I was listening to a speaker recently as he talked about the importance of living life with some margin — space to breathe between activities. What I found fascinating about the whole concept is that the idea isn’t in the least new or groundbreaking, at least not to me.
But as I listened to him, I realized that it wasn’t about taking that vacation or sleeping in an hour longer; it was a state of heart and mind — a deliberate attempt to pause during a hectic day or life and breathe, soak up some much-needed air and exhale all that pent-up tension. Like the white spaces in the notepad we all write on, our lives need some time and place when we allow our entire being to relax and be.
No rushing to the next appointment, no getting out of bed in a frenzy, no hurrying off to achieve the next big thing — just letting go for a few minutes and allowing nature to take its course. One of my best phrases for this is ‘vegging-out’.
Everything in life happens at a time and for a reason. You can try to speed things up, change their course and manipulate the outcome, but inevitably, life does happen when it chooses to. So, by all means, work hard for the goal you are trying to achieve, but don’t go overboard. When you can, take a few minutes to breathe. If you don’t get what I mean, how about this — imagine you plant a seed today, and then you stand there and plan to watch it grow. Will your staring down at the ground make your seed grow any faster? Absolutely not.
In the same way, going crazy and driving everyone else crazy while trying to achieve your goal will not necessarily get you there any sooner. As a matter of fact, this sometimes delays you because people get tired of your insanity and give up on you. So breathe; it’s okay for things to fall out of place sometimes. It’s okay to experience some delays — it’s definitely not the end of the world.
Some breathing space during your day refreshes you, releases the pent-up tension of trying to be, and allows you to draw new inspiration and see new opportunities that you might have missed had you remained on your fast lane driving like a lunatic through life. Slow it down a notch.
One of my favorite quotes from the Bible is “to everything; there are a time and season”. There is a season for everything in life; don’t force it, don’t attempt to manipulate it. When the time is right, you’ll know, and it will work out just fine. Not a second before or after. I think that nature figured out the just-in-time concept before we all did, and it has orchestrated the cycles in life to work out exactly the way they should.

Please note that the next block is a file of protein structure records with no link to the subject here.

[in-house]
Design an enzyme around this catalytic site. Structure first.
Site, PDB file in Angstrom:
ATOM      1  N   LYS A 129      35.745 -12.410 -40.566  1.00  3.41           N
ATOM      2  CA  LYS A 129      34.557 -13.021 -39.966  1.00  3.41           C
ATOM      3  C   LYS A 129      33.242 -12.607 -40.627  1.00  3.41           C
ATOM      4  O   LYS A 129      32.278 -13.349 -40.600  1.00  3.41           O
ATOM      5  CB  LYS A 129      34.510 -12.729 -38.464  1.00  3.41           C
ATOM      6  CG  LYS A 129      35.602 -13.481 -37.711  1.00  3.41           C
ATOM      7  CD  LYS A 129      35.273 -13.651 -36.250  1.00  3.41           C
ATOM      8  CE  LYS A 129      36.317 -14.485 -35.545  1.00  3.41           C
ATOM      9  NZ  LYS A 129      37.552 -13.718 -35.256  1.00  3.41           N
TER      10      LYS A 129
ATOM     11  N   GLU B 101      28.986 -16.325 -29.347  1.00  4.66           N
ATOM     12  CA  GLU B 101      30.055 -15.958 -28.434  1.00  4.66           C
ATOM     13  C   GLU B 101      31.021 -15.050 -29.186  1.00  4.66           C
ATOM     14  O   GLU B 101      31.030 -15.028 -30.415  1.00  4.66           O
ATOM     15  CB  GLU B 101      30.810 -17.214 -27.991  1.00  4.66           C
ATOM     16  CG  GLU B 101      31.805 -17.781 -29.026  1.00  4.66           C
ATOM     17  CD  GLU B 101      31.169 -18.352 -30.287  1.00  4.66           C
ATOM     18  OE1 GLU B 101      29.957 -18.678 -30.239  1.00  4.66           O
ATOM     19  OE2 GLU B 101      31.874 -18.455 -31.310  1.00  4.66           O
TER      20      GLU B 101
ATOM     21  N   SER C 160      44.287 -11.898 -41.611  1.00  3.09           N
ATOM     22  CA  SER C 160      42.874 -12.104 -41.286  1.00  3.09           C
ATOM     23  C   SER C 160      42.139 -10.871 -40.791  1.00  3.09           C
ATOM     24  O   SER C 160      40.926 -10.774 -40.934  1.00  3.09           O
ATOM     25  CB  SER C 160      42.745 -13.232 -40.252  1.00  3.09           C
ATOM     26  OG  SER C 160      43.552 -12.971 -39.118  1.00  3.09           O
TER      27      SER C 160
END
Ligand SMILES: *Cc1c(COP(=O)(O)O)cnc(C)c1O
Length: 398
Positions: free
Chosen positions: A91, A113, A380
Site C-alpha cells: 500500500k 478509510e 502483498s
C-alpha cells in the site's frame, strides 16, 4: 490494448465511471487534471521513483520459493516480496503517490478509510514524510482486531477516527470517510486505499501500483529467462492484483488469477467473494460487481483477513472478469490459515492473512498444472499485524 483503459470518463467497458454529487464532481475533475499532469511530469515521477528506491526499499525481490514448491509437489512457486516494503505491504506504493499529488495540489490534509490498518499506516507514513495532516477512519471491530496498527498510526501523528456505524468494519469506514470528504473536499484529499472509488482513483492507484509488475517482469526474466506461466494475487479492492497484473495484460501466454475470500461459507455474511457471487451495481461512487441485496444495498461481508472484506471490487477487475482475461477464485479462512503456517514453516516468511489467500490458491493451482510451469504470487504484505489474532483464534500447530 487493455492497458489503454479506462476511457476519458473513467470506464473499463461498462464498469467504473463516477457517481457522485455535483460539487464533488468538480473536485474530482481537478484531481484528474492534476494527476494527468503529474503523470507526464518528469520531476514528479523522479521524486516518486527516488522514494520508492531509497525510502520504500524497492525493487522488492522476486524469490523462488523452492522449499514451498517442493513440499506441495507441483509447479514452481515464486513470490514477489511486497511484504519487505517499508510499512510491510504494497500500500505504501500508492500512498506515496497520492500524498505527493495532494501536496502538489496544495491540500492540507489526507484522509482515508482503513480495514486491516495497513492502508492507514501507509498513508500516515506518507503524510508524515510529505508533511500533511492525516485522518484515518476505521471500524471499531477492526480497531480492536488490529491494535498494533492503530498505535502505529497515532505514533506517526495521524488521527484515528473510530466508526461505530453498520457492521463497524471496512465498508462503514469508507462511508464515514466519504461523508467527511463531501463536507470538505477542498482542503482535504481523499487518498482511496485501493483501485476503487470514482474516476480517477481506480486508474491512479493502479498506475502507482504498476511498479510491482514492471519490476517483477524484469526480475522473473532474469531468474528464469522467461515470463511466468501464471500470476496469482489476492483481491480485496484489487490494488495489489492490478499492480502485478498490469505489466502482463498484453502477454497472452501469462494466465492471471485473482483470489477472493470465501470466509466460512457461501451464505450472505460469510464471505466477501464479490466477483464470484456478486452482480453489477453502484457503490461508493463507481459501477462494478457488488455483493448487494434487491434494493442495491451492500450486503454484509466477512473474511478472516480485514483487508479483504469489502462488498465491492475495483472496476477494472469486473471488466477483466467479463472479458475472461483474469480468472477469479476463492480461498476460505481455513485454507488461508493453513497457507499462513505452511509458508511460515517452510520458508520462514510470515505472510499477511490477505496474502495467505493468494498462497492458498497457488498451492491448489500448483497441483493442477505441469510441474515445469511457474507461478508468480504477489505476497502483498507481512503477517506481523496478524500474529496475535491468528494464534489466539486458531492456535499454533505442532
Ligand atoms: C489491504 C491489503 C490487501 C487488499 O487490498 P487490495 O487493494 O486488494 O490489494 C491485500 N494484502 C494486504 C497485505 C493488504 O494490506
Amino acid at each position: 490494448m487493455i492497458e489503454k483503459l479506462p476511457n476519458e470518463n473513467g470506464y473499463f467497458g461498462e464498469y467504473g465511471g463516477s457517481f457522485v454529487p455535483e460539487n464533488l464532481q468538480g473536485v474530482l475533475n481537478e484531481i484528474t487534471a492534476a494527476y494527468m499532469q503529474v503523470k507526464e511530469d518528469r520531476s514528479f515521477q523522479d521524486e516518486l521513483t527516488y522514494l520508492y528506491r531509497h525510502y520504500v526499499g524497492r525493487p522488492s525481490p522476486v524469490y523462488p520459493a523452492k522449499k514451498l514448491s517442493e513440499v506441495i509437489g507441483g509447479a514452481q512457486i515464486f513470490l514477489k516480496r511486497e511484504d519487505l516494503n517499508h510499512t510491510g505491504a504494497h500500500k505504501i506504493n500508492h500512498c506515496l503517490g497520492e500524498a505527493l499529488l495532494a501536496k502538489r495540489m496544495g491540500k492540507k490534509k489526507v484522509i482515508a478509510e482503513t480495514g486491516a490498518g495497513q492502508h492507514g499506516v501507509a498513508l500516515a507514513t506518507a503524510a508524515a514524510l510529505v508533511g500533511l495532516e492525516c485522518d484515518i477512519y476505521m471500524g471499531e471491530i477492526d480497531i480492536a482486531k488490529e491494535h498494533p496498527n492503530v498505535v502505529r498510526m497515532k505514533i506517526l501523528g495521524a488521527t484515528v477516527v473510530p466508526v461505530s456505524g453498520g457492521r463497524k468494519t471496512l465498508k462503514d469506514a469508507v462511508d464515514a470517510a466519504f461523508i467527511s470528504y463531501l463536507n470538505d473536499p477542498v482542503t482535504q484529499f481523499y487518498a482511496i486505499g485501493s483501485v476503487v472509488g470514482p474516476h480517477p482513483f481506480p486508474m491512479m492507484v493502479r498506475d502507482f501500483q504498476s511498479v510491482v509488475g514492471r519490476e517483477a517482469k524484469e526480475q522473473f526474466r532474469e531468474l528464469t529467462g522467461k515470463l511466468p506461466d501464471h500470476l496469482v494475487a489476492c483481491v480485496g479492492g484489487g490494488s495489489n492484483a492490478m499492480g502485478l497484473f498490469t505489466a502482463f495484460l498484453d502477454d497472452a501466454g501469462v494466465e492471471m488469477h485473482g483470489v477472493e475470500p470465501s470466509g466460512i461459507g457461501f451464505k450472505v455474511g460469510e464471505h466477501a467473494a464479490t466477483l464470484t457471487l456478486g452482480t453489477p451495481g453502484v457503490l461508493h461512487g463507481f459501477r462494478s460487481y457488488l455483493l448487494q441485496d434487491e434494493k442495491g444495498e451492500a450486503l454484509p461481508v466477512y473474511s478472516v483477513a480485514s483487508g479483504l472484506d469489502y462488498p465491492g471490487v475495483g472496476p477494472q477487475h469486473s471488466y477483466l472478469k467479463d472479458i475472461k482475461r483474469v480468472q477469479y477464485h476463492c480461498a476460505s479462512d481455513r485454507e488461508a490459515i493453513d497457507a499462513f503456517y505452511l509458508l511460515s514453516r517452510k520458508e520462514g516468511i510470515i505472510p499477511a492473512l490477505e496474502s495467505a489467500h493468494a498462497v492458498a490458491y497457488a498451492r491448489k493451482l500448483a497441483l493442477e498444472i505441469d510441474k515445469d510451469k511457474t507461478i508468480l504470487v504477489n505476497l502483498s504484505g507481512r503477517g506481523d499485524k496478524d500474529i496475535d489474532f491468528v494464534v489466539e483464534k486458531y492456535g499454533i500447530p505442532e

So if everything else in life is on a calendar, why should you worry yourself to death about something you can’t speed up or change? Why not just work at it, give yourself some breathing space and pace yourself to a sensible rhythm?
Some achieve greatness as kids, some as young adults, others may very well get to their senior years before they can even get the big break they have always dreamed of. The point is that it will happen at some point in time. Why burn out before the spotlight is turned on you? Why die before your time?
Take some time to breathe, turn down the insanity in your life. Cancel some trips, call off some appointments, put in some blank space in your lifetime to veg-out. You can sit, sleep, run, walk; whatever you need to do to relax, go ahead and do it. Time chimes back softly, our days on this side of the earth are concise, and the truth is that you can’t control everything.
Take your life in strides, your task in chunks, your achievements in moments — as sure as the day comes, the night will follow and then the day again and the night and so on. All of life is perfectly balanced.
When life gets crazy, and it seems as if it’s all spinning out of your control, breathe, perhaps recite the serenity prayer by Reinhold Niebuhr: “God, grant me the serenity to accept the things I cannot change, courage to change the things I can, and wisdom to know the difference.” This prayer sums it up so beautifully.
Now, as someone who naturally likes to run things on a schedule, I can tell you that I find this extremely difficult to do. I belong to the percentage of humans who need to fill in every second of the day with an activity. I need to know what we are doing, when, how, by when; I need to be in ‘control’ of every moment of my day. I know how difficult this whole ‘space’ concept can be and how irritating ‘waiting’ can be to some of us. But I have also learned that life rarely goes your way, so you had better leave space for the contingencies when this happens.
If you take anything out of this, let it be this: breath, pace yourself, breathe again. Creatively add some spaces into your daily work and life.